Sunday, February 28, 2010

A mother's breast

I still find comfort when I lay my head on my mother's breast, and I know this is not true for everyone. Abraham calls God "El Shaddai," which may be translated "Breasted One." There is a place for all to suckle at God's breasts.

The lectionary Psalm for the past few days has been Psalm 27, and I was struck by this line (as rendered in The Inclusive Bible):
Even if my own parents reject me, you, YHWH, will accept me (Psalm 27:10).

And in the Luke text, Jesus laments,
"O often have I wanted to gather your children together as a mother bird collects her babies under her wings." (Luke 13:34)

As I write this, I am listening to worship music by Steve Iverson and Michael McCarty:
"In the heart of God, calm and quiet is my soul, as a little child, resting in its mother's arms."

May all who feel rejected - my LGBT friends, youth struggling with depression, people suffering in Haiti and Chile and around the world - be gathered beneath God's wings, be comforted at her breast, where there is more than enough room and more than enough food and more than enough acceptance for each and every one of us. Amen.

Monday, February 22, 2010

Lenten intentions

I entered into Lent this year in a sick body, stressed mind, and overwhelmed schedule. I thought that perhaps trying to add one more obligation, that is, a Lenten discipline, would not be spiritually edifying but rather would just add more stress to my life. This morning, with my health returning, I am reconsidering that idea.

In my early 20s I began attending a church that followed the liturgical calendar and the lectionary. It was like a whole new world opened to me. There is something deep and rich and moving about taking part in the rhythm of the church year, participating in practices that have sustained the body of Christ for generations upon generations. I LOVE the seasons of the church year. And perhaps it isn't entirely coincidental that I discovered all this in New England, where the seasons of spring, fall, winter, and summer are distinct as well. I know that the liturgical calendar wasn't invented in New England, but it could have been. Advent, the season of darkness, seemed especially poignant when the sun set at 4pm. Lent lasted through the toughest part of winter, when the cold and wet appeared endless. Easter was a reminder that spring was indeed coming, if it hadn't already. The green of ordinary time could be seen all around in the glory of summer. While these seasonal changes can be harder to notice in Texas, I have now accustomed myself to the rhythm of the seasons, and I look forward to the revelations each year brings.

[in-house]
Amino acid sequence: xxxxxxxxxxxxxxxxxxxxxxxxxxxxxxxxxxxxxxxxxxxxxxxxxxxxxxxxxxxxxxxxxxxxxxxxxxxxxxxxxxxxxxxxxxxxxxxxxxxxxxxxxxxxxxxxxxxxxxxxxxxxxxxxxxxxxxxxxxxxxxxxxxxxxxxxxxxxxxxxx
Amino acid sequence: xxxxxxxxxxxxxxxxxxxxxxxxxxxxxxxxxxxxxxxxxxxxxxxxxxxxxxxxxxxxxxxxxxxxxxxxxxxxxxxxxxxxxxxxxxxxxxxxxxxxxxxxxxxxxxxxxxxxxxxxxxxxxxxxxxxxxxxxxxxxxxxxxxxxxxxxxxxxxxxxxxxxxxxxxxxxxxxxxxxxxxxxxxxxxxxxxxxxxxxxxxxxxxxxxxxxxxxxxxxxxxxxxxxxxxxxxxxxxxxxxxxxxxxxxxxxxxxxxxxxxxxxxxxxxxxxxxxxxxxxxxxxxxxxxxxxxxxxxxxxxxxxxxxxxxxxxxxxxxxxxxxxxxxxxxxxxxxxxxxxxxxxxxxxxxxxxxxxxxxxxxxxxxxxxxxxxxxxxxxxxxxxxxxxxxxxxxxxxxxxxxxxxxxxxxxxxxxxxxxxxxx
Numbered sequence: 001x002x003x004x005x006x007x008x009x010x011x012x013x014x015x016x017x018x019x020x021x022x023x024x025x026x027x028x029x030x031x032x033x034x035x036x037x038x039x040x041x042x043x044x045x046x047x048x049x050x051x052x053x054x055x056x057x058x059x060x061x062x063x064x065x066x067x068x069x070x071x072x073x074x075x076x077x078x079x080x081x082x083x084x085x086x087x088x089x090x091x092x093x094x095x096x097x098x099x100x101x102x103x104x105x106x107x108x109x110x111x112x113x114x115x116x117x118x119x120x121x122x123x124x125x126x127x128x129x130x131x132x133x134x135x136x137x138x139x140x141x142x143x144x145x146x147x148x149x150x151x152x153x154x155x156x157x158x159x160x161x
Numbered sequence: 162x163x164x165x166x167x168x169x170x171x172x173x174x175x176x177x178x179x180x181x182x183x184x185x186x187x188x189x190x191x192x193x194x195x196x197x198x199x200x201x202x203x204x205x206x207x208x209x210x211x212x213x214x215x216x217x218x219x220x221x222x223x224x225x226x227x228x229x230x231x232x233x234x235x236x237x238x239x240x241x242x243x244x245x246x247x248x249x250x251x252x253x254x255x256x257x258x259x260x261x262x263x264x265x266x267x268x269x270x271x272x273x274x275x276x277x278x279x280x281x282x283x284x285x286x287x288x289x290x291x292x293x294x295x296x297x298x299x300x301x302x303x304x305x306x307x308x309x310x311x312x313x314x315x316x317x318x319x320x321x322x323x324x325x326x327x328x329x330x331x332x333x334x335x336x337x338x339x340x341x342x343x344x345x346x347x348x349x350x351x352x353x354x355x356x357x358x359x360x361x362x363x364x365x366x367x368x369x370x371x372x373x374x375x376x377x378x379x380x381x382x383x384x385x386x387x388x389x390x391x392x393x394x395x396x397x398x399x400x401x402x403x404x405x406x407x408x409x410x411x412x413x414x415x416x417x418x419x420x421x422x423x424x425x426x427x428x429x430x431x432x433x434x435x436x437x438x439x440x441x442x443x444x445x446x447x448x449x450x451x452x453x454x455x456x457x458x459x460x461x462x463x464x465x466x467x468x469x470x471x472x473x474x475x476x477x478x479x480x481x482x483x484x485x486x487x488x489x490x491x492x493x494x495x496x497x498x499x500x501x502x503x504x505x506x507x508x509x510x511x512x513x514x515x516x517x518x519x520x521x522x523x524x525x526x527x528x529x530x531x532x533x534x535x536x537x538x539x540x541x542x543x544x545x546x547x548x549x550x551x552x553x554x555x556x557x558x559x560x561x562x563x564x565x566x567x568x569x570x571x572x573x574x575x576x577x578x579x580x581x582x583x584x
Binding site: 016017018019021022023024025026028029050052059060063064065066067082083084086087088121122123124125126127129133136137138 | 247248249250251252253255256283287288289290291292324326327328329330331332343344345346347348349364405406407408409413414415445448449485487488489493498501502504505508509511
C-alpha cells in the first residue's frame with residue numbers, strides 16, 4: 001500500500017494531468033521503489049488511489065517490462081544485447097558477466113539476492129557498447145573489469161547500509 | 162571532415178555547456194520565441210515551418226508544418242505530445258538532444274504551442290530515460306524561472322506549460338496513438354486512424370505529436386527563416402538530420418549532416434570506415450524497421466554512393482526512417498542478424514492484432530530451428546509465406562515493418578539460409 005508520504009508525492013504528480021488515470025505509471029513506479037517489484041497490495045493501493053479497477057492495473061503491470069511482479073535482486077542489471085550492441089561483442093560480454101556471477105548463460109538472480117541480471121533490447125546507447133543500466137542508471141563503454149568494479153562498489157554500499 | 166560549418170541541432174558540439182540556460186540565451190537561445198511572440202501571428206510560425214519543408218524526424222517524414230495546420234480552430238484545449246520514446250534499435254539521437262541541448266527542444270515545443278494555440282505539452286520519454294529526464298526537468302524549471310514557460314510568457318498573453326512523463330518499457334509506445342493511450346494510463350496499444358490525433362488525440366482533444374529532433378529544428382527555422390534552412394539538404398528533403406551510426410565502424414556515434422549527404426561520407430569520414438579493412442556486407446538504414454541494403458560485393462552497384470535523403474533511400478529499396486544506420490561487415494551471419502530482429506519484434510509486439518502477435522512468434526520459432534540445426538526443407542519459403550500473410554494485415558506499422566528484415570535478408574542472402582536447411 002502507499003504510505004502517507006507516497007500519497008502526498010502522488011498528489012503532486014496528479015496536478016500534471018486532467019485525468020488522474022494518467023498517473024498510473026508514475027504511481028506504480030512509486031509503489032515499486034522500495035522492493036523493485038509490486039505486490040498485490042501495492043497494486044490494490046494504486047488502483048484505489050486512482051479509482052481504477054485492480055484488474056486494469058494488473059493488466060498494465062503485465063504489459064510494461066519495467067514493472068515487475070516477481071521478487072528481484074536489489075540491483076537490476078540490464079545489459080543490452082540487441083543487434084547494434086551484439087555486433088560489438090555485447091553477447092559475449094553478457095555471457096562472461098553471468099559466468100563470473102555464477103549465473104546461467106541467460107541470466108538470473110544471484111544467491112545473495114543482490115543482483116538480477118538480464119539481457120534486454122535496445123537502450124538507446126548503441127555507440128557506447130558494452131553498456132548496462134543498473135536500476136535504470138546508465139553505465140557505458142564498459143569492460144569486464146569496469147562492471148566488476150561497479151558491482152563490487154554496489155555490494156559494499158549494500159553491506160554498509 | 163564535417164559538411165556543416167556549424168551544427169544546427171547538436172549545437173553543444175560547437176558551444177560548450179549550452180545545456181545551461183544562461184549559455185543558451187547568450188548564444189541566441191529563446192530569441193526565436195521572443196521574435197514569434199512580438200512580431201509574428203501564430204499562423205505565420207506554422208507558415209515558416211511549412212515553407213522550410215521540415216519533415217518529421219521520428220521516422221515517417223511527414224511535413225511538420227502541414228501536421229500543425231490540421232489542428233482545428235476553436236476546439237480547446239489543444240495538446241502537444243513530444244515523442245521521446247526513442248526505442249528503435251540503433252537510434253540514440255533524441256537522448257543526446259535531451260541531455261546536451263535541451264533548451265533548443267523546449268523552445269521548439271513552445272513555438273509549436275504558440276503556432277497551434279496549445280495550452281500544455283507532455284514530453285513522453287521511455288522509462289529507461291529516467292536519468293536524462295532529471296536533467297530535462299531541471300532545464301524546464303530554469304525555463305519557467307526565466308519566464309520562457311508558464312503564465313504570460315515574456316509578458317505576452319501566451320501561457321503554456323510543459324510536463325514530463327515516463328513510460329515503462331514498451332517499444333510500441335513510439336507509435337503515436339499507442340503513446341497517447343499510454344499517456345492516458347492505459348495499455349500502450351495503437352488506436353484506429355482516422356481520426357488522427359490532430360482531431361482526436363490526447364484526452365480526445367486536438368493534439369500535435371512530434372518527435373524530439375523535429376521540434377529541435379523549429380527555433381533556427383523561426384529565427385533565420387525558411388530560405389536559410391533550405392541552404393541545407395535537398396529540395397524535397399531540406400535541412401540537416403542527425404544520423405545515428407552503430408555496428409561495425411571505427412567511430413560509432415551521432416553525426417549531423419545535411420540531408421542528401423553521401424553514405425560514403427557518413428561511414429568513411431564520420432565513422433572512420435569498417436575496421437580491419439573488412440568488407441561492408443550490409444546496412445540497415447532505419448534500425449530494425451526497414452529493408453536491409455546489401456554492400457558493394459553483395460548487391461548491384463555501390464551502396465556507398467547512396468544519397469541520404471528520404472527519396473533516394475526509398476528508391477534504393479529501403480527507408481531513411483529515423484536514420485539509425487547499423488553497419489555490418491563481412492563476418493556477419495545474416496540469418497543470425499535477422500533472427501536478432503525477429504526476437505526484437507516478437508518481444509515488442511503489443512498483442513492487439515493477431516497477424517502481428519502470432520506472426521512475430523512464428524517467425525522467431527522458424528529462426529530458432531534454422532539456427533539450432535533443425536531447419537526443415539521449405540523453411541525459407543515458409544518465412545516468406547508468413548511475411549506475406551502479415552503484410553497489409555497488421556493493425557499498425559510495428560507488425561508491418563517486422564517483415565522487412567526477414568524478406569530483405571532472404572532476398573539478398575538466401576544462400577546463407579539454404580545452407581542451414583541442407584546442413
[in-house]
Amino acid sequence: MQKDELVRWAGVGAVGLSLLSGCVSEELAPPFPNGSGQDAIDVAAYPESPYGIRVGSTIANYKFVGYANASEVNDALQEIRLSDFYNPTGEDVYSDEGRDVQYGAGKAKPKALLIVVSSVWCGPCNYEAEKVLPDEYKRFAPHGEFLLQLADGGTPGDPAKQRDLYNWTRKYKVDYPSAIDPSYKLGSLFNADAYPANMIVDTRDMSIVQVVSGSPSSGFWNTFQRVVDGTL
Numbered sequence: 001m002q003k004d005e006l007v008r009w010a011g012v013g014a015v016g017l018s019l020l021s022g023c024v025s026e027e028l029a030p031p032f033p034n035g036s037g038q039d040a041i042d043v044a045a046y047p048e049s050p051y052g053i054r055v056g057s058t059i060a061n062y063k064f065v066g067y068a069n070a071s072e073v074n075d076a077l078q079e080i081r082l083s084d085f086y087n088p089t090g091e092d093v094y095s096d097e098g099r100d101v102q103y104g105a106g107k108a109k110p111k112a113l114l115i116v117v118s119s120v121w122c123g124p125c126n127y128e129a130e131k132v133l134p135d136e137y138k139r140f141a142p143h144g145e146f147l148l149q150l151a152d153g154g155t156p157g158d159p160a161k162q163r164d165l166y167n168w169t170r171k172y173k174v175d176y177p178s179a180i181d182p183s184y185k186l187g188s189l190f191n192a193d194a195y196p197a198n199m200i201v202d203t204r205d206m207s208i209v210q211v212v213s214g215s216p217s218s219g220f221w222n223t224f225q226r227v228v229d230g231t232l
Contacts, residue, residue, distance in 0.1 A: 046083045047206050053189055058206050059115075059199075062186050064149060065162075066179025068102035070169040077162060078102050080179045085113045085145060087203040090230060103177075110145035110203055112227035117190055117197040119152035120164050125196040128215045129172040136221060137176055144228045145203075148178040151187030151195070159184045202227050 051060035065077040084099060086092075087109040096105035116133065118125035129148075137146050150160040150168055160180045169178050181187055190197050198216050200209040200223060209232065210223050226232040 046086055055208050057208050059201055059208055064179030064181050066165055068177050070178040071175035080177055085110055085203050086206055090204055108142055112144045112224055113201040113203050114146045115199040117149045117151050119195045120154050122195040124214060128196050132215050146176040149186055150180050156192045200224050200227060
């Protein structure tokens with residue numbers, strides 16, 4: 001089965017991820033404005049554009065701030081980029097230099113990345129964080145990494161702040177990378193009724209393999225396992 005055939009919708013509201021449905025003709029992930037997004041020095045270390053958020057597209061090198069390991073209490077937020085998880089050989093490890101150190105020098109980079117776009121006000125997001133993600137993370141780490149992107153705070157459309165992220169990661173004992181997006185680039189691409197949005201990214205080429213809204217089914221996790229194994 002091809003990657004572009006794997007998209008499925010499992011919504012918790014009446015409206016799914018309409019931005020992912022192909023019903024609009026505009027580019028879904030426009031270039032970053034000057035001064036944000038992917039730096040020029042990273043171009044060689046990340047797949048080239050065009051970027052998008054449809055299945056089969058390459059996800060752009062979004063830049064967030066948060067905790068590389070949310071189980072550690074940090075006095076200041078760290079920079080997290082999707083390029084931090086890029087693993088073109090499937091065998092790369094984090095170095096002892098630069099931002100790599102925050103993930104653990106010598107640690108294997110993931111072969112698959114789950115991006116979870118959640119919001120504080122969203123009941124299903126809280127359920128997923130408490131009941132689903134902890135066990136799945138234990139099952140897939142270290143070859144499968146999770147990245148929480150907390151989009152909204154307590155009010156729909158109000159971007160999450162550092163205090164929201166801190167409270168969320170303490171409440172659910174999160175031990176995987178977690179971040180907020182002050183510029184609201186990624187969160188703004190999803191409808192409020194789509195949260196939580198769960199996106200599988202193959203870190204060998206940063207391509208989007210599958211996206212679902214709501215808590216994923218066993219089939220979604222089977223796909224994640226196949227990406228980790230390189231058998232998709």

In my childhood church, anything that appeared remotely Catholic was discouraged, so all I knew about Lent was that it was something my Catholic friends did, and I judged them as hypocrites for having visible ashes on their foreheads and being open about their Lenten disciplines. After all, Jesus said to do our good deeds in private, right? My grandmother liked to refer to that idea while telling us, her family, about the good deeds she had secretly done. I never brought up that it was no longer a secret once she told us!I think there is something to sharing our intentions for spiritual growth. The electronic age sometimes makes it seem impersonal, but there is community here, both with people I know and, perhaps, some I do not.

So, this Lent, I am naming my 2 intentions:
1) Read the daily lectionary passages using this schedule, based on the Revised Common Lectionary.
2) Write a blog reflection twice a week. (I did not fulfill this intention, but I did take time to write and reflect every week)

My hope is that these practices will be life-giving and centering, and that they will help bring some focus and integration to my rather scattered life. May it be so.

If you are a Christian, what are your Lenten intentions this year? Blessings be upon you, dear friends, in whatever spiritual and physical season you find yourself.